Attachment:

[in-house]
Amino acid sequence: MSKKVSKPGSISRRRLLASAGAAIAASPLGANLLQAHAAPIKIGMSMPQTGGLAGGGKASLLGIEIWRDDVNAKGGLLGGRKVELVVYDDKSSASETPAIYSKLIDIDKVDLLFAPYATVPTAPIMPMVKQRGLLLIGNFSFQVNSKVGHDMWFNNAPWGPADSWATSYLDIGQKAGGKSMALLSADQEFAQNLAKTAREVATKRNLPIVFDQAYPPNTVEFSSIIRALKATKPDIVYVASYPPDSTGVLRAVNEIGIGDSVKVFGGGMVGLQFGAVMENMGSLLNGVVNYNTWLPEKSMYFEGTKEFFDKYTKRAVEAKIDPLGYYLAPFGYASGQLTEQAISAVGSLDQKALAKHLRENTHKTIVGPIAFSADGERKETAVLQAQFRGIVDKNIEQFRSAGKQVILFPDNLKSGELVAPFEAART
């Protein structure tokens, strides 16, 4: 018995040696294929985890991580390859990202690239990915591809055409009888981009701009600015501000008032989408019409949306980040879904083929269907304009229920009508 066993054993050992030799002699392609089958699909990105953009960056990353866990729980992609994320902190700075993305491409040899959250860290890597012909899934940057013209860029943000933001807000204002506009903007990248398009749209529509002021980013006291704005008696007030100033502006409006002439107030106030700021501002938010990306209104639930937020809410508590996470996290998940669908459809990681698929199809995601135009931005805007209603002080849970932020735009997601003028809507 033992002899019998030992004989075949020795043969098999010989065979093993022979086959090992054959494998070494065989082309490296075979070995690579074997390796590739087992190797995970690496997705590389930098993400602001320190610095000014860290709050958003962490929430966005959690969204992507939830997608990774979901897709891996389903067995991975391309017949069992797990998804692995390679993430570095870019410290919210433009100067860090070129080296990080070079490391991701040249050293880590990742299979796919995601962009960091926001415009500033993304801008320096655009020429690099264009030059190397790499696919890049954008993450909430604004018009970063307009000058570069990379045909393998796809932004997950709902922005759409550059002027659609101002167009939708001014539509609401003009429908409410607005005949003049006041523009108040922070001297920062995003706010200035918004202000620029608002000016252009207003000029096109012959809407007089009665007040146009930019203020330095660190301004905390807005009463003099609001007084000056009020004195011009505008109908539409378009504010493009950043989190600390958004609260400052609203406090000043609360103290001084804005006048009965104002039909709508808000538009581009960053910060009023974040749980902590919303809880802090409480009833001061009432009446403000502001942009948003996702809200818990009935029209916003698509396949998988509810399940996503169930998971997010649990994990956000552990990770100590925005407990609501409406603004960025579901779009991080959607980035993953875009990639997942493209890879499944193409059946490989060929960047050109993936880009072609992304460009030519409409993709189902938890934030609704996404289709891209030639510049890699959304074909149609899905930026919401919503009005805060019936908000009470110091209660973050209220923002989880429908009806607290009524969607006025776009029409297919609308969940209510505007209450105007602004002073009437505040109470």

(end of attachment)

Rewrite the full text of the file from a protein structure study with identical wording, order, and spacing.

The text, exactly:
[in-house]
Amino acid sequence: MSKKVSKPGSISRRRLLASAGAAIAASPLGANLLQAHAAPIKIGMSMPQTGGLAGGGKASLLGIEIWRDDVNAKGGLLGGRKVELVVYDDKSSASETPAIYSKLIDIDKVDLLFAPYATVPTAPIMPMVKQRGLLLIGNFSFQVNSKVGHDMWFNNAPWGPADSWATSYLDIGQKAGGKSMALLSADQEFAQNLAKTAREVATKRNLPIVFDQAYPPNTVEFSSIIRALKATKPDIVYVASYPPDSTGVLRAVNEIGIGDSVKVFGGGMVGLQFGAVMENMGSLLNGVVNYNTWLPEKSMYFEGTKEFFDKYTKRAVEAKIDPLGYYLAPFGYASGQLTEQAISAVGSLDQKALAKHLRENTHKTIVGPIAFSADGERKETAVLQAQFRGIVDKNIEQFRSAGKQVILFPDNLKSGELVAPFEAART
């Protein structure tokens, strides 16, 4: 018995040696294929985890991580390859990202690239990915591809055409009888981009701009600015501000008032989408019409949306980040879904083929269907304009229920009508 066993054993050992030799002699392609089958699909990105953009960056990353866990729980992609994320902190700075993305491409040899959250860290890597012909899934940057013209860029943000933001807000204002506009903007990248398009749209529509002021980013006291704005008696007030100033502006409006002439107030106030700021501002938010990306209104639930937020809410508590996470996290998940669908459809990681698929199809995601135009931005805007209603002080849970932020735009997601003028809507 033992002899019998030992004989075949020795043969098999010989065979093993022979086959090992054959494998070494065989082309490296075979070995690579074997390796590739087992190797995970690496997705590389930098993400602001320190610095000014860290709050958003962490929430966005959690969204992507939830997608990774979901897709891996389903067995991975391309017949069992797990998804692995390679993430570095870019410290919210433009100067860090070129080296990080070079490391991701040249050293880590990742299979796919995601962009960091926001415009500033993304801008320096655009020429690099264009030059190397790499696919890049954008993450909430604004018009970063307009000058570069990379045909393998796809932004997950709902922005759409550059002027659609101002167009939708001014539509609401003009429908409410607005005949003049006041523009108040922070001297920062995003706010200035918004202000620029608002000016252009207003000029096109012959809407007089009665007040146009930019203020330095660190301004905390807005009463003099609001007084000056009020004195011009505008109908539409378009504010493009950043989190600390958004609260400052609203406090000043609360103290001084804005006048009965104002039909709508808000538009581009960053910060009023974040749980902590919303809880802090409480009833001061009432009446403000502001942009948003996702809200818990009935029209916003698509396949998988509810399940996503169930998971997010649990994990956000552990990770100590925005407990609501409406603004960025579901779009991080959607980035993953875009990639997942493209890879499944193409059946490989060929960047050109993936880009072609992304460009030519409409993709189902938890934030609704996404289709891209030639510049890699959304074909149609899905930026919401919503009005805060019936908000009470110091209660973050209220923002989880429908009806607290009524969607006025776009029409297919609308969940209510505007209450105007602004002073009437505040109470």